Literary Agency Owner Caren Bohrman Passes Away After Long Battle with Cancer

The close-knit LA literary agency community is in mourning today following the death over the weekend of Caren Bohrman. She was 56.

As owner of The Bohrman Agency, she brokered screenwriter deals for such major Hollywood films as the remake of The Fugitive. Her brother, David, is president of Current TV, while their father Stan was an award-winning SoCal TV newsman.

In an interview with scriptologist.com, she offered a wonderful explanation of how she came to own her boutique agency:

“I got fired from my first job as an agent after four years because they said, ‘You’re too honest. So, we can’t trust you anymore.’ [This] taught me about the lack of integrity in Hollywood. I’m very straightforward and honest. So I decided I was going to prove to these people that you can be honest and straightforward and still be very successful.”

“I went on to open four or five different literary departments at talent agencies that did not have literary departments. They were all wonderful departments where we were putting together series and feature films, and representing novelists like Irving Wallace. Then I decided it was time to open up my own agency.”

Bohrman’s sister Cathy has provided FishbowlLA with the following tribute. It speaks volumes about the fruits of Bohrman’s honest Hollywood approach. RIP:

Caren Bohrman, a leading Hollywood literary agent, died following a long illness Sunday. A native Angeleno, Bohrman, 56, had been under the care of her sister, Catherine, in the Oakland area since mid August.

Over nearly three decades at the forefront of literary representation and management, Bohrman had been directly involved in nearly a 200 screenplays and pilots, with projects ranging from a Michael Jackson film treatment – unfinished before his death – to The Fugitive. During a period of enormous transition – including a handful of wrenching writers’ strike and the advent of the digital revolution – Bohrman remained resolutely independent. She was a last-of-a-breed agent who eschewed “omnibus” projects – with actors and studios attached to a script as a condition of advancement – in favor of a boutique approach to script development, lavishing attention on language, plot, structure, and – in particular – the writer.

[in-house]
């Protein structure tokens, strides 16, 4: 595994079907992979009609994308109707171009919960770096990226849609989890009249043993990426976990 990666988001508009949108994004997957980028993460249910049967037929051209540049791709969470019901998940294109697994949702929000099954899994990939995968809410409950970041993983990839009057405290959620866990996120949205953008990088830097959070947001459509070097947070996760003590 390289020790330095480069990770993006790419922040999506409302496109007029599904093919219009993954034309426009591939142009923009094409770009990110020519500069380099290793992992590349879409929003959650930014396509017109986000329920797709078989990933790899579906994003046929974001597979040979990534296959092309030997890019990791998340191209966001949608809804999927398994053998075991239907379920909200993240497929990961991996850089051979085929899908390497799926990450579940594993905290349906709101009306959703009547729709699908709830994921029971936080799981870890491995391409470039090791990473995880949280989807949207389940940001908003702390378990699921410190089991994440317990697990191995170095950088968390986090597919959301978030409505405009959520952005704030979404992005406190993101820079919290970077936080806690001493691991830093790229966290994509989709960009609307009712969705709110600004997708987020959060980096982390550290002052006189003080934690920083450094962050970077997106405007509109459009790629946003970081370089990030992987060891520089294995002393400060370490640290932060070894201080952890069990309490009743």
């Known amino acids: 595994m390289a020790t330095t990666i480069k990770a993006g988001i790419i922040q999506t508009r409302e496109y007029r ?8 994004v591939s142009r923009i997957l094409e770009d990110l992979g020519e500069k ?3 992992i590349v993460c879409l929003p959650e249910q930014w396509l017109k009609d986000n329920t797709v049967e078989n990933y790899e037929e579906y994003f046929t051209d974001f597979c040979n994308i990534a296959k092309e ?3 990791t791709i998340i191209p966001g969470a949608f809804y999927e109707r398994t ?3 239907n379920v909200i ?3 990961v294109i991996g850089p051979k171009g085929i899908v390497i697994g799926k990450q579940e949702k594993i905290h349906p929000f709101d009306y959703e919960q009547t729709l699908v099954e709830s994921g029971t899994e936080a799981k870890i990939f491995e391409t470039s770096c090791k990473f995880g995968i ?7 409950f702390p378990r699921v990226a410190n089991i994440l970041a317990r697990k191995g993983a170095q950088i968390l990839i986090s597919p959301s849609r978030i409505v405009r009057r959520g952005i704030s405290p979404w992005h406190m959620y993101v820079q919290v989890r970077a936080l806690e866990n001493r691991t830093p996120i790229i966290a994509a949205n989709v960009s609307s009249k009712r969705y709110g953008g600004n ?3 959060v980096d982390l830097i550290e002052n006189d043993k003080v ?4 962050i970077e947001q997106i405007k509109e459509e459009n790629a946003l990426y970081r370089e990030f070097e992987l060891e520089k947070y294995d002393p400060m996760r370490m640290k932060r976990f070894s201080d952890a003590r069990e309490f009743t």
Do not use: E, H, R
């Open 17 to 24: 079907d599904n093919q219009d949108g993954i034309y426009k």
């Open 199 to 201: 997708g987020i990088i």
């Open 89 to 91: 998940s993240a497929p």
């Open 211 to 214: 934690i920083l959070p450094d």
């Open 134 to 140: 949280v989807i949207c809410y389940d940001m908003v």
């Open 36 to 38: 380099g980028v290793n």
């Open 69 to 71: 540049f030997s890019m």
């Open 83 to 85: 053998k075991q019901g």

Bohrman represented dozens of newcomers, shepherding careers not only over years but decades. Under her tutelage, their efforts yielded both an eclectic and distinguished body of work, characterized most notably by an independence of voice. Produced films included The Fugitive, Warlock, Crazy/Beautiful, Buckaroo Banzai, The United States of Leland and Employee of the Month. She also secured the U.S. theatrical release of the Salvador Carrasco-directed and Plácido Domingo-produced, The Other Conquest, about neo-colonialism from an Aztec point of view and described by Cinescene as “one of the more astonishing feature film debuts in recent memory.”

More recently, she had worked on Admissions with Andy Garcia, Vera Farmiga and Tom Skerritt, on the Maria Bellow/Michael Sheen vehicle, Beautiful Boy, and Rachel McAdams and Channing Tatum‘s The Vow. Before her death, she had over a dozen projects in various stages of development.

Bohrman also worked with writer-director Bryan Michael Stoller on a big-screen adaptation of Jennings Michael Burch‘s book They Cage the Animals, which was to be Michael Jackson‘s directorial debut.

Bohrman had originally intended to become a journalist, in the model of her own father, Stan Bohrman, the investigative reporter and anchor for KABC-TV in Los Angeles, KPIX-TV in San Francisco and KYW-TV in Philadelphia throughout the ’70s and ’80s. But after being cencored by the federal government, she shifted gears by the mid ’80s had decided to enter representation, entering the business as a receptionist and – within six months – was representing some 45 leading television and feature writers and directors at various agencies while also establishing literary departments at each. She established her own firm, the Bohrman Agency, in 1994.